SNOW CAMP, N.C. -- School lessons are usually aimed at the head, but the event at Sylvan Elementary School on Thursday was aimed at the students' feet. About 170 students got a free pair of athletic shoes.
“There’s a huge need for proper footwear…in fact, 87 percent of the world wears footwear that does not fit properly,” said Pat Pande, founder of FootCentric, a continuing education program that aims to address foot problems. Pande, a physical therapist and pedorthist has provide therapeutic services for patients with foot pain for more than 35 years.
Twice a year, FootCentric holds Free Yor Feet events, at which free shoes obtained from donors are distributed. At Free Your Feet events, unlike at some other events in which free shoes are given out, recipients are carefully and individually fitted for their shoes, Pande said.
The event was spearheaded by Brittany Mann, a Medical Administrative Assistant at Piedmont Health, which operates six community health centers in central North Carolina. Through observation and second-hand reports, Mann determined that improper footwear was a concern at Sylvan, which lies in a rural part of Alamance County. At Sylvan, 60 percent of students are eligible for Free and Reduced Lunch, meaning their families live at 185 percent of the poverty level or less.
“I saw a need,” Mann explained, “and I knew that Pat had started a nonprofit organization to provide everybody with shoes so we contacted her and asked her to come out.”
FootCentric partners with the University of North Carolina Physical Therapy Faculty Clinic and the North Carolina Physical Therapy Association on the Free Your Feet events. Shoe donations come from major donors such as New Balance, which supplied many of more than 500 shoes for Thursday's event.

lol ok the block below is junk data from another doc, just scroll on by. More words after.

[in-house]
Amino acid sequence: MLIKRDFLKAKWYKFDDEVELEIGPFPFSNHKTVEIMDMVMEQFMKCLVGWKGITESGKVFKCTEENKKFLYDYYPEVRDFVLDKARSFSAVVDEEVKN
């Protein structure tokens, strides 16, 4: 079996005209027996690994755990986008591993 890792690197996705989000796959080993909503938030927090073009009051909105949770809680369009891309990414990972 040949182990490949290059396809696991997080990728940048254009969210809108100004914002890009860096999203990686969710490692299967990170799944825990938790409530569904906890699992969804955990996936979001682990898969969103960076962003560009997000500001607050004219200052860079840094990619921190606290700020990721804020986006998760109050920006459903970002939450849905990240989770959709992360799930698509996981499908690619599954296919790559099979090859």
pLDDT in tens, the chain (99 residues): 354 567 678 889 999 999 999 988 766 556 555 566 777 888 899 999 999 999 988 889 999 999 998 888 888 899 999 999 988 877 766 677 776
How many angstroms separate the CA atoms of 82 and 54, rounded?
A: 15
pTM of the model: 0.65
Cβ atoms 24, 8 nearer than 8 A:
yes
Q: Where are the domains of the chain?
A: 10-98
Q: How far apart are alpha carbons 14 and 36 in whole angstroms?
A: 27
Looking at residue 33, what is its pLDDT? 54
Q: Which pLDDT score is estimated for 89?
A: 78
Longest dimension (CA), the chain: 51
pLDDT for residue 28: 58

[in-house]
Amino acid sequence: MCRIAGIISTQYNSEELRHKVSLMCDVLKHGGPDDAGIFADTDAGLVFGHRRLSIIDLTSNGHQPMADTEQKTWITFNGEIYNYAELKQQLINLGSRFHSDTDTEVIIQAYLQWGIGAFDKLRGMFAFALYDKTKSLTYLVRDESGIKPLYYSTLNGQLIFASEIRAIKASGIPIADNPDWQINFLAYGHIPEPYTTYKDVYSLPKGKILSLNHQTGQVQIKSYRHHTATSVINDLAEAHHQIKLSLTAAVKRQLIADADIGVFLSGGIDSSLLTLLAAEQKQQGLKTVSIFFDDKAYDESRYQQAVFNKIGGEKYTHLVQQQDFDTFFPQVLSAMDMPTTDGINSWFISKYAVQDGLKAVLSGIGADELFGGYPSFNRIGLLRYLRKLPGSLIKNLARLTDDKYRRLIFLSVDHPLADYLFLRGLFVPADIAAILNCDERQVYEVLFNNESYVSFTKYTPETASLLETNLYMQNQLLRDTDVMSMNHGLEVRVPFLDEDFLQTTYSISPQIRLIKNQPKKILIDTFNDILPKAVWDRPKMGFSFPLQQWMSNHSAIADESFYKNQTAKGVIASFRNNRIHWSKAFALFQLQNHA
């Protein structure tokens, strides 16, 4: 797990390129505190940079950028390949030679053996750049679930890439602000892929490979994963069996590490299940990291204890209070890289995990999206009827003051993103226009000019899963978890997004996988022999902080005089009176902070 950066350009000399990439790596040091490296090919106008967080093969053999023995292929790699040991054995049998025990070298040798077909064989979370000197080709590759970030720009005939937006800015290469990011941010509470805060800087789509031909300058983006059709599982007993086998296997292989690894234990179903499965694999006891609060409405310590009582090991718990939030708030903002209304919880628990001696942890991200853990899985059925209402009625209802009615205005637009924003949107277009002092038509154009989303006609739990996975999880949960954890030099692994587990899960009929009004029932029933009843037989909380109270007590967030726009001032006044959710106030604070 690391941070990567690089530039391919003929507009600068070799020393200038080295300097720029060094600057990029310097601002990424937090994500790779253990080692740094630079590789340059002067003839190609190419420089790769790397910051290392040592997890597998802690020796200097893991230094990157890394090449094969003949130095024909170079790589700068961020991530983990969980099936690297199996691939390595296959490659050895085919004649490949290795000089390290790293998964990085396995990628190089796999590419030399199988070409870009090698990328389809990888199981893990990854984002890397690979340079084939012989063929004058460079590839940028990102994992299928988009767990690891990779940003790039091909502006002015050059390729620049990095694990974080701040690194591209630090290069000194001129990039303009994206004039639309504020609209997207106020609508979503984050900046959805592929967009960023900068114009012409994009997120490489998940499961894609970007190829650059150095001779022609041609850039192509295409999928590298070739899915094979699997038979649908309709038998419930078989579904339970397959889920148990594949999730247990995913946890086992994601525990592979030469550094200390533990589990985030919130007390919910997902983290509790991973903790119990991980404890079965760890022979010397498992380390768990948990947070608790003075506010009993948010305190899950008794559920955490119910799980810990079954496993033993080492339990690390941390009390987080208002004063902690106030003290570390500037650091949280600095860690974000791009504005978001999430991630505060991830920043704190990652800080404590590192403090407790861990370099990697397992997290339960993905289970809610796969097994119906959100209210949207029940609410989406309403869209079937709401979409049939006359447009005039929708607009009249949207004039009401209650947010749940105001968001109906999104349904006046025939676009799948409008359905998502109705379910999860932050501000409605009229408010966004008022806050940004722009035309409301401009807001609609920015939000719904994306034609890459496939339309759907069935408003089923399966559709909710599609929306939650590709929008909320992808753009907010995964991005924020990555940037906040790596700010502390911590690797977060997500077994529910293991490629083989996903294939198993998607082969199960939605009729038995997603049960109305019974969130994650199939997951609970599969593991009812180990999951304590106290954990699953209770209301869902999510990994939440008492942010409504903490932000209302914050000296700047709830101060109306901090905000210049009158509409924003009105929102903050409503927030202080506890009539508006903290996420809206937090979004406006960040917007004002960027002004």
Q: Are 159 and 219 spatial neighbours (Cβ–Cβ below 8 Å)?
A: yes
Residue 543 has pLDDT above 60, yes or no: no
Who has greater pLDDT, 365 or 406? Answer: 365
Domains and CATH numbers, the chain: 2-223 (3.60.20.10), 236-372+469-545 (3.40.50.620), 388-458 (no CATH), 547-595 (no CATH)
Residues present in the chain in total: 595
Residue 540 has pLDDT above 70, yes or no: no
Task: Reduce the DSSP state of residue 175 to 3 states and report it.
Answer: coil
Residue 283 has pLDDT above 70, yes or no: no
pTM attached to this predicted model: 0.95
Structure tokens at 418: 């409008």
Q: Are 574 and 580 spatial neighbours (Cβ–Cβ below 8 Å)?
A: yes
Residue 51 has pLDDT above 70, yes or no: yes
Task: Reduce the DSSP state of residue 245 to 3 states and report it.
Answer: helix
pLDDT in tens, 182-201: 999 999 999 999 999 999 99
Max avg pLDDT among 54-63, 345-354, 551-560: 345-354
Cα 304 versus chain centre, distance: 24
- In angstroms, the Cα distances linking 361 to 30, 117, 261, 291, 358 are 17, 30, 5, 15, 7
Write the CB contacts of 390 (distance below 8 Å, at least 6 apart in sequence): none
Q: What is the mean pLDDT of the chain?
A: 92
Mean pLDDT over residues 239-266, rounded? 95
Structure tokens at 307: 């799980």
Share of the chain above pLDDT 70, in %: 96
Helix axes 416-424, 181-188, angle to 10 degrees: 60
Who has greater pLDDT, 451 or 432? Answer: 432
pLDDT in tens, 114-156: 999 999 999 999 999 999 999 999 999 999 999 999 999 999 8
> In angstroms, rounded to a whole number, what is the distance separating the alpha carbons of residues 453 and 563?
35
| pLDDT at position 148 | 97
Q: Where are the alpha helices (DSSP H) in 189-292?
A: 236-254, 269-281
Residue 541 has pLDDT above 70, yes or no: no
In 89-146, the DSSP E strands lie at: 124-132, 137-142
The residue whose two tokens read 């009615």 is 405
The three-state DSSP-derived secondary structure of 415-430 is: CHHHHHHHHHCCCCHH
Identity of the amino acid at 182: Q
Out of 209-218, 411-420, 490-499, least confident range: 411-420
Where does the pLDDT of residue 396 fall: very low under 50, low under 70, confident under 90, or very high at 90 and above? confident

The event was successful with the help of several volunteers, such as Angela Gisselman, a physical therapist from Chapel Hill. Asked what led her to volunteer, Gisselman answered: “Pat’s enthusiasm and the enthusiasm of everyone involved with this project.”
The volunteers found a variety of needs among the students. Madison Shelton’s reasons for needing new footwear was among the most unusual: “I’ve got as new puppy and he tore up my shoes, so I need new ones,” she told a reporter for News 14.
Students were grateful to the volunteers. Asked what he thought of the volunteers, Angel Ramirez responded: “They’re very nice, and kind.”
Brian Toomey, CEO of Piedmont Health, lauded the initiative. “Providing shoes is, of course, not part of Piedmont Health’s typical services, but this does fit in with our mission,” he said. “Our goal is to make sure that all of North Carolina’s residents have access to high-quality health care and preventive care – simply put, we offer the right care at the right cost at the right place. Inadequate footwear can lead to unhealthy feet and other health problems, so we are glad to be a part of this worthy effort.”
Dr. Lillie Cox, Superintendent for Alamance-Burlington Schools, added: “We are so appreciative for our community that is rich in resources generously offered to directly impact children. Partner agencies like Piedmont Health recognize that our entire community benefits when we all join together to help every student be healthy and successful in school.”